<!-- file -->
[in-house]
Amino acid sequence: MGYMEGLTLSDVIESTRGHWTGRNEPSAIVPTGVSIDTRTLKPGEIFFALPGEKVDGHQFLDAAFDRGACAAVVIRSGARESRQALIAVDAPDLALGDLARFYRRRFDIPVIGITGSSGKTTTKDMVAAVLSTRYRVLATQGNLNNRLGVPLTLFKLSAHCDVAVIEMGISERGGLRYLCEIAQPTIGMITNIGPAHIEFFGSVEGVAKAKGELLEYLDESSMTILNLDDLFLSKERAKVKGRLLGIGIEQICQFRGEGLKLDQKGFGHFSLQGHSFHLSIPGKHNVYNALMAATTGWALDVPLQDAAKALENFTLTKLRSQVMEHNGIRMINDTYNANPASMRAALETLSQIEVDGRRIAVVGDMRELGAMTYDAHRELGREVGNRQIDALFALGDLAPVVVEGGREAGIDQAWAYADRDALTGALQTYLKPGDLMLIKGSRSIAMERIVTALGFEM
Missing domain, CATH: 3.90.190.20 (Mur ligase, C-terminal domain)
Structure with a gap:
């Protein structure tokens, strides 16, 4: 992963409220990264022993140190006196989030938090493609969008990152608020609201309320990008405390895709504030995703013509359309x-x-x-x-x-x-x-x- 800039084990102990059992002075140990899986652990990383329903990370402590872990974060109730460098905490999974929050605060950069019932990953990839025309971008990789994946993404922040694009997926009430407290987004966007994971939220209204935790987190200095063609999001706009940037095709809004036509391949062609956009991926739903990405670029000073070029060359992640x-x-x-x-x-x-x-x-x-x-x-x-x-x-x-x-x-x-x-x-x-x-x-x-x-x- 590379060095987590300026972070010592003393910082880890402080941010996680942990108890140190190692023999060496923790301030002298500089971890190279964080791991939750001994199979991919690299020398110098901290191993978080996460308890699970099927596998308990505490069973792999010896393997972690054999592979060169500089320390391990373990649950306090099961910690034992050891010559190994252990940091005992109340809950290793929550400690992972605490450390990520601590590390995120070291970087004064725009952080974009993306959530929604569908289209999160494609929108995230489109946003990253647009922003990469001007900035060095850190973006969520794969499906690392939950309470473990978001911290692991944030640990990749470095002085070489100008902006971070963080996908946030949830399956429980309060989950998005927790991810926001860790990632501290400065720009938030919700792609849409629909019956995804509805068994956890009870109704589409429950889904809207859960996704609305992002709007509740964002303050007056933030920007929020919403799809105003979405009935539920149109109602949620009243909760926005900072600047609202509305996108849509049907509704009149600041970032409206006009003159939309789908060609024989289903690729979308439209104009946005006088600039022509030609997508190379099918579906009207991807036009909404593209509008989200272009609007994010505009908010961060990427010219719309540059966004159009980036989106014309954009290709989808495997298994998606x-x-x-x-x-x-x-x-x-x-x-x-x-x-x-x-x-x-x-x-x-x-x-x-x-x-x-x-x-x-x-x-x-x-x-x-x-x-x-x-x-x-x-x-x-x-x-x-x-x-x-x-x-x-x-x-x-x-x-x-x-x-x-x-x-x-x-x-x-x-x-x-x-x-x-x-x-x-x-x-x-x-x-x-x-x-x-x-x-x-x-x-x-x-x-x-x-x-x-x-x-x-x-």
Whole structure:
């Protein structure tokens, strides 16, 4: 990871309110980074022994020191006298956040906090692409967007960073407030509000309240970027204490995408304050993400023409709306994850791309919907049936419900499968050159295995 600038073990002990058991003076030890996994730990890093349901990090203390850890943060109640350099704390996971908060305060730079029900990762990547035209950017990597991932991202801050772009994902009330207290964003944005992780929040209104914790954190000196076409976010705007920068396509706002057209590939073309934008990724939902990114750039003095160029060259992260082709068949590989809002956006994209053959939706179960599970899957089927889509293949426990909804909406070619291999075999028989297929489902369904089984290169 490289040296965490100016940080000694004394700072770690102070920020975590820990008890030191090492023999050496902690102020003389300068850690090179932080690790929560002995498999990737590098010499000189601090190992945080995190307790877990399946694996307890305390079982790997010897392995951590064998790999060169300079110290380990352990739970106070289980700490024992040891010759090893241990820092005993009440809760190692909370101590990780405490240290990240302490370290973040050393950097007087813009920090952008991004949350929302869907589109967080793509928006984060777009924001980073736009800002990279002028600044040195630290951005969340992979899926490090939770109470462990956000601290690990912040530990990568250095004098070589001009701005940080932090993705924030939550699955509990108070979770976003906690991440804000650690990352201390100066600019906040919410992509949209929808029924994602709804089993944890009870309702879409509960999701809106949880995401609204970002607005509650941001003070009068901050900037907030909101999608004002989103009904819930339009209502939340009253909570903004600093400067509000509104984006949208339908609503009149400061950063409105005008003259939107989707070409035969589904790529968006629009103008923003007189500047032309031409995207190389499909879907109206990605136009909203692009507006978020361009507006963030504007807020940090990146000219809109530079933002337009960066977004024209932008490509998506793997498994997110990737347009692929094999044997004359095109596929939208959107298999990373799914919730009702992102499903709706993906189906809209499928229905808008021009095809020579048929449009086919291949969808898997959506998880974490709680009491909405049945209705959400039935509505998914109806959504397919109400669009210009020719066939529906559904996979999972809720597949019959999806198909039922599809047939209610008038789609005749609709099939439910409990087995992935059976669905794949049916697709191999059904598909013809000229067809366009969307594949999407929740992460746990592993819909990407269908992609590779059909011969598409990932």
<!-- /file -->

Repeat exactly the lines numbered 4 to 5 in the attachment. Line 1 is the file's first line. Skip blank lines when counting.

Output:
Structure with a gap:
């Protein structure tokens, strides 16, 4: 992963409220990264022993140190006196989030938090493609969008990152608020609201309320990008405390895709504030995703013509359309x-x-x-x-x-x-x-x- 800039084990102990059992002075140990899986652990990383329903990370402590872990974060109730460098905490999974929050605060950069019932990953990839025309971008990789994946993404922040694009997926009430407290987004966007994971939220209204935790987190200095063609999001706009940037095709809004036509391949062609956009991926739903990405670029000073070029060359992640x-x-x-x-x-x-x-x-x-x-x-x-x-x-x-x-x-x-x-x-x-x-x-x-x-x- 590379060095987590300026972070010592003393910082880890402080941010996680942990108890140190190692023999060496923790301030002298500089971890190279964080791991939750001994199979991919690299020398110098901290191993978080996460308890699970099927596998308990505490069973792999010896393997972690054999592979060169500089320390391990373990649950306090099961910690034992050891010559190994252990940091005992109340809950290793929550400690992972605490450390990520601590590390995120070291970087004064725009952080974009993306959530929604569908289209999160494609929108995230489109946003990253647009922003990469001007900035060095850190973006969520794969499906690392939950309470473990978001911290692991944030640990990749470095002085070489100008902006971070963080996908946030949830399956429980309060989950998005927790991810926001860790990632501290400065720009938030919700792609849409629909019956995804509805068994956890009870109704589409429950889904809207859960996704609305992002709007509740964002303050007056933030920007929020919403799809105003979405009935539920149109109602949620009243909760926005900072600047609202509305996108849509049907509704009149600041970032409206006009003159939309789908060609024989289903690729979308439209104009946005006088600039022509030609997508190379099918579906009207991807036009909404593209509008989200272009609007994010505009908010961060990427010219719309540059966004159009980036989106014309954009290709989808495997298994998606x-x-x-x-x-x-x-x-x-x-x-x-x-x-x-x-x-x-x-x-x-x-x-x-x-x-x-x-x-x-x-x-x-x-x-x-x-x-x-x-x-x-x-x-x-x-x-x-x-x-x-x-x-x-x-x-x-x-x-x-x-x-x-x-x-x-x-x-x-x-x-x-x-x-x-x-x-x-x-x-x-x-x-x-x-x-x-x-x-x-x-x-x-x-x-x-x-x-x-x-x-x-x-």